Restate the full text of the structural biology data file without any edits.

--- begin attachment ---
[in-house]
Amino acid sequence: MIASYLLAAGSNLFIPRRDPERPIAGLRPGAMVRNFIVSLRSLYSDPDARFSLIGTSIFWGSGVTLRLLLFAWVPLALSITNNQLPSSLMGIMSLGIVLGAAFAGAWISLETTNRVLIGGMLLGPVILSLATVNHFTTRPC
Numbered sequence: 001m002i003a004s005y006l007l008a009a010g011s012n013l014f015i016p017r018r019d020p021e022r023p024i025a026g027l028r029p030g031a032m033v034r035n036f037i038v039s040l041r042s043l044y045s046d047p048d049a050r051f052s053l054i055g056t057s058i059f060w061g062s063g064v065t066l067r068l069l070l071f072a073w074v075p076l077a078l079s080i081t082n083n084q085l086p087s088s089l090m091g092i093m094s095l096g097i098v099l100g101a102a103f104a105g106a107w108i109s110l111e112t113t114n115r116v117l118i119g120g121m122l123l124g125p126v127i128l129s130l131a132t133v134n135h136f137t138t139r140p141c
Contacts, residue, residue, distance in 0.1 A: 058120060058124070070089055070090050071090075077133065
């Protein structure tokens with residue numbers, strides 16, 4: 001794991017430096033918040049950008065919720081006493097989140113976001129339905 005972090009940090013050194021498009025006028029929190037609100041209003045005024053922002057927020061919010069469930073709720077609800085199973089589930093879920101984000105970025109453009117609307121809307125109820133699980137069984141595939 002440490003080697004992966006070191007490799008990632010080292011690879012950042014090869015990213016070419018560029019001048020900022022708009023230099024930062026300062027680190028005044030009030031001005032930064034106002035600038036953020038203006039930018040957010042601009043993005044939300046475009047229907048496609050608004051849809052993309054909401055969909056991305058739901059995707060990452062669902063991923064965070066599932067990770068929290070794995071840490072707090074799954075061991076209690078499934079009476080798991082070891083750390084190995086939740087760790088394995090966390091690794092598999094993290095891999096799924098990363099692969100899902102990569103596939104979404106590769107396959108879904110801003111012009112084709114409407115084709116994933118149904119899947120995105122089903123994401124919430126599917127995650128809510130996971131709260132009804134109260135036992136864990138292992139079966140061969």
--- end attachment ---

[in-house]
Amino acid sequence: MIASYLLAAGSNLFIPRRDPERPIAGLRPGAMVRNFIVSLRSLYSDPDARFSLIGTSIFWGSGVTLRLLLFAWVPLALSITNNQLPSSLMGIMSLGIVLGAAFAGAWISLETTNRVLIGGMLLGPVILSLATVNHFTTRPC
Numbered sequence: 001m002i003a004s005y006l007l008a009a010g011s012n013l014f015i016p017r018r019d020p021e022r023p024i025a026g027l028r029p030g031a032m033v034r035n036f037i038v039s040l041r042s043l044y045s046d047p048d049a050r051f052s053l054i055g056t057s058i059f060w061g062s063g064v065t066l067r068l069l070l071f072a073w074v075p076l077a078l079s080i081t082n083n084q085l086p087s088s089l090m091g092i093m094s095l096g097i098v099l100g101a102a103f104a105g106a107w108i109s110l111e112t113t114n115r116v117l118i119g120g121m122l123l124g125p126v127i128l129s130l131a132t133v134n135h136f137t138t139r140p141c
Contacts, residue, residue, distance in 0.1 A: 058120060058124070070089055070090050071090075077133065
């Protein structure tokens with residue numbers, strides 16, 4: 001794991017430096033918040049950008065919720081006493097989140113976001129339905 005972090009940090013050194021498009025006028029929190037609100041209003045005024053922002057927020061919010069469930073709720077609800085199973089589930093879920101984000105970025109453009117609307121809307125109820133699980137069984141595939 002440490003080697004992966006070191007490799008990632010080292011690879012950042014090869015990213016070419018560029019001048020900022022708009023230099024930062026300062027680190028005044030009030031001005032930064034106002035600038036953020038203006039930018040957010042601009043993005044939300046475009047229907048496609050608004051849809052993309054909401055969909056991305058739901059995707060990452062669902063991923064965070066599932067990770068929290070794995071840490072707090074799954075061991076209690078499934079009476080798991082070891083750390084190995086939740087760790088394995090966390091690794092598999094993290095891999096799924098990363099692969100899902102990569103596939104979404106590769107396959108879904110801003111012009112084709114409407115084709116994933118149904119899947120995105122089903123994401124919430126599917127995650128809510130996971131709260132009804134109260135036992136864990138292992139079966140061969």